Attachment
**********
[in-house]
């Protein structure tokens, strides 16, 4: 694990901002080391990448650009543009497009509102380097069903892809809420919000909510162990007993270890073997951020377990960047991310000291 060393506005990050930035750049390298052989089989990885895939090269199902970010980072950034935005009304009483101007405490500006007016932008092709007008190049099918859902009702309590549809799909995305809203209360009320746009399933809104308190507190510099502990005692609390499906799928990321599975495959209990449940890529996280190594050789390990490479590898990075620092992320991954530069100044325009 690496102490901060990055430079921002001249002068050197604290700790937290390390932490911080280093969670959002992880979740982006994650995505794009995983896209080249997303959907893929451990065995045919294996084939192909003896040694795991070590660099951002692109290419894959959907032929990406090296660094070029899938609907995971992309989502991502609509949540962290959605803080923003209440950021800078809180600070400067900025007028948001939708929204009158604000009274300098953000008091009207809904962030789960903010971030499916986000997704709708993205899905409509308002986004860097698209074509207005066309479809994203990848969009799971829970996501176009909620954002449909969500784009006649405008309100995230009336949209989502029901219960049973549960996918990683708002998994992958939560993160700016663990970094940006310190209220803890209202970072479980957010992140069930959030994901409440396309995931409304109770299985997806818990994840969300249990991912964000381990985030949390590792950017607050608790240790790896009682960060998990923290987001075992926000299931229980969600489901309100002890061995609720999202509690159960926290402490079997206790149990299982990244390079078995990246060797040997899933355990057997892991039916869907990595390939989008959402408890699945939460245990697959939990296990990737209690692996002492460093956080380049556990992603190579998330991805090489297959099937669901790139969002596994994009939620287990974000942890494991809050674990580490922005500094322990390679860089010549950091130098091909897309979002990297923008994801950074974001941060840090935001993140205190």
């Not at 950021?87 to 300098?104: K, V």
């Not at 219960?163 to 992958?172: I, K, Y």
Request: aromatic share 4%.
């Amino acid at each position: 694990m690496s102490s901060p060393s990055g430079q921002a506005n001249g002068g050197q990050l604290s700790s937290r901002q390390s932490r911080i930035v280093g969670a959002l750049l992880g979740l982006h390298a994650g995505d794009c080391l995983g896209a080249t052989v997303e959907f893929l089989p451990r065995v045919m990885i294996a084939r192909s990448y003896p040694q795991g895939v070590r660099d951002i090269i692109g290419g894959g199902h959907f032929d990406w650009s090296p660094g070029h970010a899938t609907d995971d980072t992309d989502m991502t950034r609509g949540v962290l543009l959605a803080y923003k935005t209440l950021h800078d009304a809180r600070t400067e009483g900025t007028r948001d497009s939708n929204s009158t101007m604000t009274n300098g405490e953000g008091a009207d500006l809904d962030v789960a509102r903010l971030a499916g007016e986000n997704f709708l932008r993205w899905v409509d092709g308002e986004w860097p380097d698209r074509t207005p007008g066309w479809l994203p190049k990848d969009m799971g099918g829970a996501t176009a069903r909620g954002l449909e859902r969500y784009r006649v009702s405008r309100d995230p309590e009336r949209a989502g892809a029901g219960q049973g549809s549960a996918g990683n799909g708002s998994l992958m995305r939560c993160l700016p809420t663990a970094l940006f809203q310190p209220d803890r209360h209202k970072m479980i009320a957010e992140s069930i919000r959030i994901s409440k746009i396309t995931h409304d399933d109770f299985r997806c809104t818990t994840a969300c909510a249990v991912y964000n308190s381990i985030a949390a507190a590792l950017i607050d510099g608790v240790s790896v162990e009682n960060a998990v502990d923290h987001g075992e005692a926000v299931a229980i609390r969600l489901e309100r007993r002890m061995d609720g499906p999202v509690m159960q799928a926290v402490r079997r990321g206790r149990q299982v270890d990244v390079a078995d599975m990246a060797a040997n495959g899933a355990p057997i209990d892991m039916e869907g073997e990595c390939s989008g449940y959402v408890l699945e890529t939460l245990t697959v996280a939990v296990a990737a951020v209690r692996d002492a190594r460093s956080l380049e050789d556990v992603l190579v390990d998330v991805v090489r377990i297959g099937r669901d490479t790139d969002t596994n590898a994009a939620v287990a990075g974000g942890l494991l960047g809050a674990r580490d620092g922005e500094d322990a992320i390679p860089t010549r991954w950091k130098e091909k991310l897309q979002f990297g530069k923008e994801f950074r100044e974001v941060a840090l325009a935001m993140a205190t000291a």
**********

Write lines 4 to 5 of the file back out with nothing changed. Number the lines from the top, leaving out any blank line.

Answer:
């Not at 219960?163 to 992958?172: I, K, Y």
Request: aromatic share 4%.